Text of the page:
The Separation is one of those wonderfully escapist novels that packs in an atmospheric setting, in this case, 1950s Malaya. It conjures up the somewhat dissolute expat way of life, the gin-slings and infidelity, which was probably just a way of coping with the heat. It reminded me a little of those old black and white movies where you can hear jungle drums and crickets in the background while the plantation owner mutters, The natives are restless tonight.
Although half of the novel is set in England. This is because it is told from the point of view of two main characters. First there is Lydia Cartwright, who with her Rita Hayworth looks, has been a bit naughty and started an affair which she hasn't kept very secret. She has been visiting a friend who is ill, when she returns to find hubby Alec and her children gone, the house left empty with no note, so she begins to panic.
The British District Officer tells her Alec and her young daughters have gone north to Alec's new posting in Ipoh, where the natives truly are restless - with Communist insurgents undermining British rule with guerilla tactics. So Lydia, must make the dangerous journey to join her family alone, even having to borrow cash from her worldly friend, Cicely, as Alec has taken most of their money.
We read about Lydia's desperate journey where she witnesses atrocities when her bus is attacked. She finds herself taking care of a small boy, Maznan, whose mother has joined the rebels, when a striking man of mixed race joins her and helps her; I imagined a kind of Yul Brynner.
But while Lydia is making this arduous journey, her daughters, Emma and Fleur, are travelling by cargo ship with Alec to England. This part of the story is narrated by eleven-year-old Emma, who with her wild red hair reminds her father too much of Lydia and as such she never seems able to please him. On the journey the family becomes friendly with amicable Veronica, who seems to have an attraction for Alec, and her creepy brother, Mr Oliver, who has wandering hands.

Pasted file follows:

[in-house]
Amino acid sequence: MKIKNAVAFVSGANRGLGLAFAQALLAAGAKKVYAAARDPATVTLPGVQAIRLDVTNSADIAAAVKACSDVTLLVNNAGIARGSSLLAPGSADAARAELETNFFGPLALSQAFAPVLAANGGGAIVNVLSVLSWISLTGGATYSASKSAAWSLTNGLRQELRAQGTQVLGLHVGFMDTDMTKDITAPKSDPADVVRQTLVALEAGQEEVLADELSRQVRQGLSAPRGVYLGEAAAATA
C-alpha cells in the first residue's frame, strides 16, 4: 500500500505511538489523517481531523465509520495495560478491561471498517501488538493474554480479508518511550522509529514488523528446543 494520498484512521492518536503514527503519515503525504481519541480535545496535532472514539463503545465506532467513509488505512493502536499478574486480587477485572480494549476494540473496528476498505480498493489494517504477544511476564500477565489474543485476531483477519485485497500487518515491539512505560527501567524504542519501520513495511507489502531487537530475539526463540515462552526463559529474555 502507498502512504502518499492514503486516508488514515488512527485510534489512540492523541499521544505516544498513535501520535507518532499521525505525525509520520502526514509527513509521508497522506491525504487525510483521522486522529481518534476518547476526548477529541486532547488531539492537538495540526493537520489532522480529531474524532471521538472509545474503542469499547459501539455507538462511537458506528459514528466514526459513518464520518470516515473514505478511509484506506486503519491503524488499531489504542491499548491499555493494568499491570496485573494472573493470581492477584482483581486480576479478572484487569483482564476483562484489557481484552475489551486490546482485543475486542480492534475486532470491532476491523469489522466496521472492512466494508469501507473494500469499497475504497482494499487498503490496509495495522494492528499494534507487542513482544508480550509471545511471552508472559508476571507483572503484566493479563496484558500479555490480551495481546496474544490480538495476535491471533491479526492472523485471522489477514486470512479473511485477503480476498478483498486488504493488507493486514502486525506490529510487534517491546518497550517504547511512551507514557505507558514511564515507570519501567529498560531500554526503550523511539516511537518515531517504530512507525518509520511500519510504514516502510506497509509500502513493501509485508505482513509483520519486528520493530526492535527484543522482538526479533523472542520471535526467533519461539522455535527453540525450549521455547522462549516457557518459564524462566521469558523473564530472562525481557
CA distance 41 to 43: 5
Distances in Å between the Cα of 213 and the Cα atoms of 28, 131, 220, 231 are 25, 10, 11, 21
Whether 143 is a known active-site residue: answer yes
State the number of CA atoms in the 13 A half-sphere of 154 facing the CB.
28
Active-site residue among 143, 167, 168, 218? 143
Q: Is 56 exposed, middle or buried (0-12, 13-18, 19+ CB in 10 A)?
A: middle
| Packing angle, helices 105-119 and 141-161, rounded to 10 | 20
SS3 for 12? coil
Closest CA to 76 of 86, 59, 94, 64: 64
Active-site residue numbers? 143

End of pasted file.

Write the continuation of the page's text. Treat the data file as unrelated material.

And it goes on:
In England, Emma finds it hard to settle in the cold climate and cramped house that they share with Alec's parents. Grandma fortunately is a kindly old soul but Emma is always in trouble, until boarding school seems to be the only solution. The school, run by nuns, is particularly bleak, and Emma finds it hard to cope with bullying on the one hand, and the harsh regime on the other, but at least she makes a friend in perpetually naughty Susan. On top of everything, her father has led his daughters to believe that their mother has abandoned them and is missing, believed dead.
There is a lot going on in the story - we have Emma's dealing with adolescence and her missing mother, who she never really gives up on, amid difficult relationships with the adults in her life. And then there's Lydia's desperate search for her family, and a terrible bombshell that causes her to teeter on the edge of madness. How she copes and pulls herself together when one awful thing happens after another gives her a chance to grow strong and is a key part of the story. But how to navigate a path to the truth when everyone seems to be either lying or hiding a woeful secret of their own makes Lydia seem doubly blighted.
The Separation is a captivating story which makes you keep reading to see what happens. Feelings run high, there's a ton of drama and missing links that make for tantalising if not very demanding reading. The Malaya setting is brilliantly recreated here, a testament to the author's research and her own childhood years spent in the colony.